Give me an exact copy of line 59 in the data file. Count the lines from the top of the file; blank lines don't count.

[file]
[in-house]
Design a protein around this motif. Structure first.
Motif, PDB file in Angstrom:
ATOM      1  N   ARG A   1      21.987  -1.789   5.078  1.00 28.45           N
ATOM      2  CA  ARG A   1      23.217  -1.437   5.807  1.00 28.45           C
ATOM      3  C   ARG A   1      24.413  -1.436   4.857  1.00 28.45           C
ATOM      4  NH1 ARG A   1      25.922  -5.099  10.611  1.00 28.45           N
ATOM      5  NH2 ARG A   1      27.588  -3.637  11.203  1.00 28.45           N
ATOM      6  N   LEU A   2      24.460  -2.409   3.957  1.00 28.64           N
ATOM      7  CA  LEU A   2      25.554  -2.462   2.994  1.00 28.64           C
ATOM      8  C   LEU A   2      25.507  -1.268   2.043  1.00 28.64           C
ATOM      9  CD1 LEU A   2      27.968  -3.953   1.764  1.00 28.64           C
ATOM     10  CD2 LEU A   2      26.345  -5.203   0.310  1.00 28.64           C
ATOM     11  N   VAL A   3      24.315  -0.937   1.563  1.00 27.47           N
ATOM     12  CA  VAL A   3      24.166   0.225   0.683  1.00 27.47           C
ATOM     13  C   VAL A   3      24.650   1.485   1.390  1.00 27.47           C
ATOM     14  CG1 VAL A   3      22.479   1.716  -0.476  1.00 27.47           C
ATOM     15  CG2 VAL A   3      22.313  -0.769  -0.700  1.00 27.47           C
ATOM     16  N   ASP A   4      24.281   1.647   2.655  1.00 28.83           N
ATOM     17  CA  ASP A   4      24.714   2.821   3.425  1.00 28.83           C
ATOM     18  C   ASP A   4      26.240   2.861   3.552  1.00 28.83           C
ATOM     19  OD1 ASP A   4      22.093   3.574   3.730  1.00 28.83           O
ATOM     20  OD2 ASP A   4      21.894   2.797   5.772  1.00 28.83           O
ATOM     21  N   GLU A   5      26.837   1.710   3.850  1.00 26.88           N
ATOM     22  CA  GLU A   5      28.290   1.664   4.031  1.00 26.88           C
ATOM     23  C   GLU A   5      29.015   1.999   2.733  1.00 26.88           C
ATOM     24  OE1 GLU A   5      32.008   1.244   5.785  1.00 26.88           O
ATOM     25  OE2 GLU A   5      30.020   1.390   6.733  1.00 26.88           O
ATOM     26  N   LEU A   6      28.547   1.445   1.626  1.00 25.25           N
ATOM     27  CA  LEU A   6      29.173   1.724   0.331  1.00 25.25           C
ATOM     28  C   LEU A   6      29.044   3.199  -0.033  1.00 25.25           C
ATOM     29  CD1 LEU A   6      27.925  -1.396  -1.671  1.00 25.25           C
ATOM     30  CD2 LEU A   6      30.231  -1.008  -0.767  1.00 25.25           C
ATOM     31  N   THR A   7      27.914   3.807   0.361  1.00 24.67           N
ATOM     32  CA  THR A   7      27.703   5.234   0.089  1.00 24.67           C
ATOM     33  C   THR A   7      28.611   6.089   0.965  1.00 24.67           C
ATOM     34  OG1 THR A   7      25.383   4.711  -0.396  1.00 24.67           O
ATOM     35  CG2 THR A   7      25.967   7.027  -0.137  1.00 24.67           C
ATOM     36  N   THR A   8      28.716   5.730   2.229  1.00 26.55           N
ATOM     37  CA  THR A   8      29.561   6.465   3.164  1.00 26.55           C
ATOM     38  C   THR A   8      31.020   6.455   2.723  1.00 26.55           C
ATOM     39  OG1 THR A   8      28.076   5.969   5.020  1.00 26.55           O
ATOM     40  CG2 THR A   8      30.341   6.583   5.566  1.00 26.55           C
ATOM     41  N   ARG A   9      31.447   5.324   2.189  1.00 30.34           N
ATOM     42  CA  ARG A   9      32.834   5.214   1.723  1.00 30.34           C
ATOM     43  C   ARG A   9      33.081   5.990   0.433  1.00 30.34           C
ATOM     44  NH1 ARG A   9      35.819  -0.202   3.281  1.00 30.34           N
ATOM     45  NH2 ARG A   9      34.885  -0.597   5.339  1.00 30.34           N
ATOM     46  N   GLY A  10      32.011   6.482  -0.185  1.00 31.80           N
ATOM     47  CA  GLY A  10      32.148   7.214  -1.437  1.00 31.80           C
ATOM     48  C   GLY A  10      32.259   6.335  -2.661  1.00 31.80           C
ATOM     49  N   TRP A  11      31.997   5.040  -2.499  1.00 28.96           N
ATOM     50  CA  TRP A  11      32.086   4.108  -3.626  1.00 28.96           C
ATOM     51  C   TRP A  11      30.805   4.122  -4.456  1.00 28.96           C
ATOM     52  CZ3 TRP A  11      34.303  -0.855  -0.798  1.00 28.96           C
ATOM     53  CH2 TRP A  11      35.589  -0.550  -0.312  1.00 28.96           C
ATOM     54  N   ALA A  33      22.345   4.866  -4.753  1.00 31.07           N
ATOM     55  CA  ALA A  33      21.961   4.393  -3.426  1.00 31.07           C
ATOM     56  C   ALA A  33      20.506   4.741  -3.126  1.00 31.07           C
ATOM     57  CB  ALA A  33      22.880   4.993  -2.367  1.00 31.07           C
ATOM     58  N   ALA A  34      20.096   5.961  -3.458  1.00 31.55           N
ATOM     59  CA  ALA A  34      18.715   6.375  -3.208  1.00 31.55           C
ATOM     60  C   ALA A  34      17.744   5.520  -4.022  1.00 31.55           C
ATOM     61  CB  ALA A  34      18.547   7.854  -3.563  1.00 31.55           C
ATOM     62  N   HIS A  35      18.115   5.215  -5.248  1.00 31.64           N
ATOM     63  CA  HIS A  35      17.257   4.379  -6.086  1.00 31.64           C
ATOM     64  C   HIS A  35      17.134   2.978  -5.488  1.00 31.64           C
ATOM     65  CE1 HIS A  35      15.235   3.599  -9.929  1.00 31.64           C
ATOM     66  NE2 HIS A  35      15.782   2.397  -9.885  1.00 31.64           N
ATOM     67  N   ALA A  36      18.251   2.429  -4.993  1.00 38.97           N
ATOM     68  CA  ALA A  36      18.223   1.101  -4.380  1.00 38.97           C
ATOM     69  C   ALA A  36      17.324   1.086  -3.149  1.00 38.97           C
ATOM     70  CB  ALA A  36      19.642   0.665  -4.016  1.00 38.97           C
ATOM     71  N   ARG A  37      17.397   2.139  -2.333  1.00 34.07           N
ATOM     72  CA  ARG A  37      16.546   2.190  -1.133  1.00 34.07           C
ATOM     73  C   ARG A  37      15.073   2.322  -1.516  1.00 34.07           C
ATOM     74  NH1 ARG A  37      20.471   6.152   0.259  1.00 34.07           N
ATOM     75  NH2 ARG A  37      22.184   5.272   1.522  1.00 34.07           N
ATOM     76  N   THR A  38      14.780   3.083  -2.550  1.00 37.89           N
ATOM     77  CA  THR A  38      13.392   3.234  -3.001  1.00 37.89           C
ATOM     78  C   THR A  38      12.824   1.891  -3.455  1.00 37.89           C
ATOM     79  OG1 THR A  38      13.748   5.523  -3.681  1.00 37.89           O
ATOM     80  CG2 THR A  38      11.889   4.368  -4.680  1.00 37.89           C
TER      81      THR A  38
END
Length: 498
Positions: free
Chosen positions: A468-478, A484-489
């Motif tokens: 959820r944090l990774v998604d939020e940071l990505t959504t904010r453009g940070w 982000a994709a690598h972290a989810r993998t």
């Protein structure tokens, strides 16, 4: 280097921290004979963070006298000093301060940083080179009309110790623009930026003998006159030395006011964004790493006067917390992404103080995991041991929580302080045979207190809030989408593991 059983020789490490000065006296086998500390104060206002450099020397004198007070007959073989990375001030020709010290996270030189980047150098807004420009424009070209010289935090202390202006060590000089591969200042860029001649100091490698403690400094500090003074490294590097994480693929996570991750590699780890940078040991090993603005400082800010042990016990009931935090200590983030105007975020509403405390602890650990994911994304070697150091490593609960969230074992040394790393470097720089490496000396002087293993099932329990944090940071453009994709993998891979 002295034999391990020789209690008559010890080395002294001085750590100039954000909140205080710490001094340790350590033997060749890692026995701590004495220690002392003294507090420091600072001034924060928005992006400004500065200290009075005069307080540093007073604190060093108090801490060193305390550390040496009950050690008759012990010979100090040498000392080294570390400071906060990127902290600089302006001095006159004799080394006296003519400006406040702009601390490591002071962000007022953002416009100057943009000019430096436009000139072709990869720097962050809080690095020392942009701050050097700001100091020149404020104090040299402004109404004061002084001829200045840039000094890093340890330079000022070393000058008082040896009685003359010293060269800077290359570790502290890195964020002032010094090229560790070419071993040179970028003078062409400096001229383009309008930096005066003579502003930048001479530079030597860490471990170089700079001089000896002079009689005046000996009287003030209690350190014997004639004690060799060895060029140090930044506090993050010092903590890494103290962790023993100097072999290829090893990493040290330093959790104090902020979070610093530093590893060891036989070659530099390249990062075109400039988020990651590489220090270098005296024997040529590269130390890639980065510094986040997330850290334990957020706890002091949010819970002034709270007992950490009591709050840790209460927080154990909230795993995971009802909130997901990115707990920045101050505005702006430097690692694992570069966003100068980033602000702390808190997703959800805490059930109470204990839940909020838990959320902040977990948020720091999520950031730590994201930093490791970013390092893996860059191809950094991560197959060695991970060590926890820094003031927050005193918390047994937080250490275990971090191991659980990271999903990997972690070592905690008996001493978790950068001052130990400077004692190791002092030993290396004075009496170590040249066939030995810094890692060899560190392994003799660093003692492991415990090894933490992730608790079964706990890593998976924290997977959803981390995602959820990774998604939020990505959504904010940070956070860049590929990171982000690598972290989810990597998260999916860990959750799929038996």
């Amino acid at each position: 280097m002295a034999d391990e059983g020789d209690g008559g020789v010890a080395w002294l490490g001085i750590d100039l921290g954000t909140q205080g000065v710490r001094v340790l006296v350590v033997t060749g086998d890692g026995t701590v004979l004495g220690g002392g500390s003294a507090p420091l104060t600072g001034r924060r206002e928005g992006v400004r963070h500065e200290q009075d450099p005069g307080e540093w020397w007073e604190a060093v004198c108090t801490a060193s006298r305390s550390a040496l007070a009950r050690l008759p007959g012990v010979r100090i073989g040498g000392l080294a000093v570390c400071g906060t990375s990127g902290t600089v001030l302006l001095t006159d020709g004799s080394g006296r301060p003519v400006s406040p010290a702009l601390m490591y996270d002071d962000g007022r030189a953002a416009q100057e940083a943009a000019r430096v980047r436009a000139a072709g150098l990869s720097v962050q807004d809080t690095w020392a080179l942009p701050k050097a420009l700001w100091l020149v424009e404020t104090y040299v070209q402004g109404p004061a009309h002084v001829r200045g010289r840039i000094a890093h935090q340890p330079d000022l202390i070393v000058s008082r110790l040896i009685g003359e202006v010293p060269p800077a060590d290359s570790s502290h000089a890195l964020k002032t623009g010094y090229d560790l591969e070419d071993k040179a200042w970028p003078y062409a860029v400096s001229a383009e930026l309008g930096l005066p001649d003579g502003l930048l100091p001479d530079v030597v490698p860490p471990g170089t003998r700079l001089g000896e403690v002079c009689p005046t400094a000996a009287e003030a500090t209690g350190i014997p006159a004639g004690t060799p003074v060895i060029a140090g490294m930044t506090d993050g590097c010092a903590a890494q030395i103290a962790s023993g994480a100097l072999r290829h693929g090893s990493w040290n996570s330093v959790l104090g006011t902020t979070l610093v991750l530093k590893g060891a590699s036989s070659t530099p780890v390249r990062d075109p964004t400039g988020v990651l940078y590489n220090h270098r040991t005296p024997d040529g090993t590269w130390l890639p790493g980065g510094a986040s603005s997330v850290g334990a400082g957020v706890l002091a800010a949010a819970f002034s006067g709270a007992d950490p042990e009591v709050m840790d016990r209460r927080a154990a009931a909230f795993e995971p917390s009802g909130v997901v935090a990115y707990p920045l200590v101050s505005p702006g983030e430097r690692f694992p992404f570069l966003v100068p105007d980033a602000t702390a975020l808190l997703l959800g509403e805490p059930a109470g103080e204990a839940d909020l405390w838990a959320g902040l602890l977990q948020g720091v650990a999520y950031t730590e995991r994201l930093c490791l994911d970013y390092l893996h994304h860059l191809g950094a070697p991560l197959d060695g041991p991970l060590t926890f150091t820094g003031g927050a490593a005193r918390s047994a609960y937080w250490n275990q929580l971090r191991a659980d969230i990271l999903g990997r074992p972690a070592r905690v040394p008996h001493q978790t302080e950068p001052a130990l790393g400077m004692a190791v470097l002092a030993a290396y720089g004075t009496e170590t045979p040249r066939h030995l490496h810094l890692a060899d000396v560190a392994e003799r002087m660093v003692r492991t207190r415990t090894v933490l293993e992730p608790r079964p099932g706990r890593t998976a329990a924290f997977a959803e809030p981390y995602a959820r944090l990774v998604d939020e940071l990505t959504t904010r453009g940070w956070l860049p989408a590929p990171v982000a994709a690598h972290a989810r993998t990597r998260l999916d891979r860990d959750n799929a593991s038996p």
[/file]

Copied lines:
ATOM     56  C   ALA A  33      20.506   4.741  -3.126  1.00 31.07           C